Medical Association welcomes DHB funding, but wants recognition for GPs

The New Zealand Medical Association is welcoming a $3.92 billion investment in District Health Boards (DHBs) and money for hospitals to catch up on procedures delayed by the lockdown, but questions where recognition is for general practices (GPs).

On Tuesday, the Government announced $3.92 billion would be pumped into DHBs to ensure New Zealand has a world-class health system. A one-off boost of $282.5 million has also been put aside over three years for hospitals to catch up on procedures delayed by the lockdown.

"As a Government, we’ve put a significant amount into DHBs to put them back on the path to sustainability. This is a long-term plan, as rebuilding our health system will take sustained investment over a number of years," Health Minister Dr David Clark said.

"We don’t want people having to wait for care any longer than necessary. This extra investment in planned care will fund an estimated 153,000 surgeries and procedures, radiology scans, and specialist appointments over the next three years."

Dr Kate Baddock, chair of the New Zealand Medical Association, has welcomed the pre-Budget announcement, saying funding to increase capacity for elective surgery and other hospital services is "great news" for those who have had treatment postponed.

But she said in a statement that the announcement was "silent on health services that are delivered outside of hospitals and in our communities".

"It's fantastic that the Government has recognised the chronic underfunding of hospitals and DHBs and made a very significant investment in the workforce and the capital costs required to maintain the actual hospital structures themselves. I think that is great," she told Newshub.

"What I find extremely disappointing is the invisibility of primary care in that announcement."

Dr Baddock said general practitioners were vital in combating COVID-19 while also caring for Kiwis with other health issues in the community.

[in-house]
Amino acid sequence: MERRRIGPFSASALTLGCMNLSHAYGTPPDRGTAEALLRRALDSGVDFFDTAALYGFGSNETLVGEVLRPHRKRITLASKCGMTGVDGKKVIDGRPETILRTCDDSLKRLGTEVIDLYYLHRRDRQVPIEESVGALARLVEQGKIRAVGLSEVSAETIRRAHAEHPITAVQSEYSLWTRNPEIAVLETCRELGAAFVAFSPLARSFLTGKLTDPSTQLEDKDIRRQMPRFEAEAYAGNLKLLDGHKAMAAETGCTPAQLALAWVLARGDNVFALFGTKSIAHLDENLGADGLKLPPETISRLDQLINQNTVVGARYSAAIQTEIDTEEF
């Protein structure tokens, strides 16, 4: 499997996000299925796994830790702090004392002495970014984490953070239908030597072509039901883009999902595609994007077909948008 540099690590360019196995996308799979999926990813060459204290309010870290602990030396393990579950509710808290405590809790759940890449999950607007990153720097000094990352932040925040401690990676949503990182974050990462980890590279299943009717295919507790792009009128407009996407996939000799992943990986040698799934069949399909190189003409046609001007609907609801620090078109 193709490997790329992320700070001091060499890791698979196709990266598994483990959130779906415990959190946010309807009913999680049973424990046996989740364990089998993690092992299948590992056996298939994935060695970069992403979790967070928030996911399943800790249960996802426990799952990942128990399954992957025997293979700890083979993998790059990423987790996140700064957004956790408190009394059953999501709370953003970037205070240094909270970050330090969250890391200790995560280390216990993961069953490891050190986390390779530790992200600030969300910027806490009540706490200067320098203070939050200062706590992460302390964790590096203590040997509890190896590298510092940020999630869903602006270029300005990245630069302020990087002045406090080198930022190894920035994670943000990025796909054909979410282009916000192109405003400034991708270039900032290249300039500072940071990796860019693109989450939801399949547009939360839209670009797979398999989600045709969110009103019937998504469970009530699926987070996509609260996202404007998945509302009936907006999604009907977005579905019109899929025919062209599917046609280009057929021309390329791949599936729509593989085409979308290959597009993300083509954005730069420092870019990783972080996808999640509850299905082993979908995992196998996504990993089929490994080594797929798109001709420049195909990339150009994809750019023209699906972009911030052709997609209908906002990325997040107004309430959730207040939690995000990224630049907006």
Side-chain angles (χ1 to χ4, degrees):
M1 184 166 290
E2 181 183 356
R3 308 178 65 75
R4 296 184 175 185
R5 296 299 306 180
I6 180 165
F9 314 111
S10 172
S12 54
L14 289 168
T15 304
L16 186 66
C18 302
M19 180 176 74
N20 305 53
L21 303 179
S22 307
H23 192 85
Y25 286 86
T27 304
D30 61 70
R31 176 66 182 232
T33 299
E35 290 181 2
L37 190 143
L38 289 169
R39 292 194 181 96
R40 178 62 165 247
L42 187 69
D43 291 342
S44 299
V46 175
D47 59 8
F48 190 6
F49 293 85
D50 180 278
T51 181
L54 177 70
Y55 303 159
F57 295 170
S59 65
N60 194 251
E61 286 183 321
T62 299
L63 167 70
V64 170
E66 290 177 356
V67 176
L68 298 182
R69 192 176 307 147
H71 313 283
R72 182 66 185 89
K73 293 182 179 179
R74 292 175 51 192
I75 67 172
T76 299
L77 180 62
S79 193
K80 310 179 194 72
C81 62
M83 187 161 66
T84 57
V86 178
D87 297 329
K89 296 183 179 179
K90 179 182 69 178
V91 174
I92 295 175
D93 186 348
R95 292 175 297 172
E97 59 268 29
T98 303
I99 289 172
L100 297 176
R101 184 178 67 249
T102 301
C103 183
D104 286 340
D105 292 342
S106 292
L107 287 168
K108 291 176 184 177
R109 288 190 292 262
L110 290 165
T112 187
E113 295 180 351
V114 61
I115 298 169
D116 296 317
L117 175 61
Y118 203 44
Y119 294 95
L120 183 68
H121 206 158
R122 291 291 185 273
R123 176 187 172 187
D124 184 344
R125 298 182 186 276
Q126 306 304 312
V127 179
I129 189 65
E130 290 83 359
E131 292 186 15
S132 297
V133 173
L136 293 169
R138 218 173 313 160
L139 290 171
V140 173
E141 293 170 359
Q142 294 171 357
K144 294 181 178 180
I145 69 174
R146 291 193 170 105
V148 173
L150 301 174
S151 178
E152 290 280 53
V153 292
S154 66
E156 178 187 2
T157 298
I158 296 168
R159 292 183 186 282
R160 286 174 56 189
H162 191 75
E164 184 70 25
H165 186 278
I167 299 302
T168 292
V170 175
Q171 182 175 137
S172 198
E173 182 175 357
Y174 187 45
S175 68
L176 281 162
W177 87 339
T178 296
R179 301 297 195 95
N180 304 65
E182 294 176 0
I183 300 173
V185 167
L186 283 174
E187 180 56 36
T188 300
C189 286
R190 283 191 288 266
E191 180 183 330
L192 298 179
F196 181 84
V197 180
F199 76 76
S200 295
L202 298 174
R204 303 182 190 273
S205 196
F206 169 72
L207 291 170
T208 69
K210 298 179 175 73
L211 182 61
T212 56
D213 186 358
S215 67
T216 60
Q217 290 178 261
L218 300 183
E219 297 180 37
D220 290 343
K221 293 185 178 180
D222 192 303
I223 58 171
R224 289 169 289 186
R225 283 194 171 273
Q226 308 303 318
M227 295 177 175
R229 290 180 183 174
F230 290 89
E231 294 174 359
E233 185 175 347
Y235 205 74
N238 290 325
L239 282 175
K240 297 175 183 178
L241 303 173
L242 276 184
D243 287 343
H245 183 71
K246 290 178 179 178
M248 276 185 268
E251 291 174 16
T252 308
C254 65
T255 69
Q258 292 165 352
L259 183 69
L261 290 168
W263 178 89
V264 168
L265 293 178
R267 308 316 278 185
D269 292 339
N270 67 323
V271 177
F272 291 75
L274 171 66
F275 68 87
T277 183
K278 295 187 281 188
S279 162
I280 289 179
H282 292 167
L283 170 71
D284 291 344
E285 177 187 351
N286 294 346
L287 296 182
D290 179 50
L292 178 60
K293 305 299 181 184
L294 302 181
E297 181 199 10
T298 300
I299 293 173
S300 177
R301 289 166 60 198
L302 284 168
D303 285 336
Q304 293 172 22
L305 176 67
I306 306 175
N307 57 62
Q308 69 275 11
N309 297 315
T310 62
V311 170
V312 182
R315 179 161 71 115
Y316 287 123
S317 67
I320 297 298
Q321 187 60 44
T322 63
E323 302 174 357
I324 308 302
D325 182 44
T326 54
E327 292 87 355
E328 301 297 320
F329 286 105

"The general practice and primary care have shown how they can respond to issues which arise, such as the COVID-19 pandemic, which did not overwhelm our hospital system and that can be credited almost entirely to the way in which it was managed in the primary care setting," she said.

"For that not to be recognised in terms of the need for further investment in the post-COVID world that we will be operating in is an extreme disappointment."

After being "chronically underfunded for the last decade", GPs had been pushed to the "brink of falling over" during the lockdown, Dr Baddock said. While many GPs set up virtual consultations during the lockdown, Dr Baddock has previously said Kiwis didn't want to burden doctors or "didn't perceive their concerns as being important in the greater scheme".

"General practice, if it doesn't get an injection of investment funding, is not going to be able to have the capacity nor the capability to be able to expand what it already does to allow more care to take place in the community setting and outside hospital."

Prime Minister Jacinda Ardern acknowledged in April the pressure on GPs and the costs they faced during the lockdown, and said funding had been provided.

"What I'd point out for the likes of pharmacies, the likes of GPs, support has been provided to them. In fact, $45 million to date has gone into general practice to support them during the COVID response," she said at the time. 

"That's for everything from supporting the virtual consults that they’ve been doing, for additional cost as a part of testing, and also they have been eligible for the wage subsidy."

However, the Medical Association has said GPs didn't receive a second tranche of funding they were expecting in April. Director-General of Health Dr Ashley Bloomfield said at the time: "There is an active conversation between the Minister and general practice leaders and the ministry on further funding… I don’t think it’s been taken away, but the conversation is ongoing and active".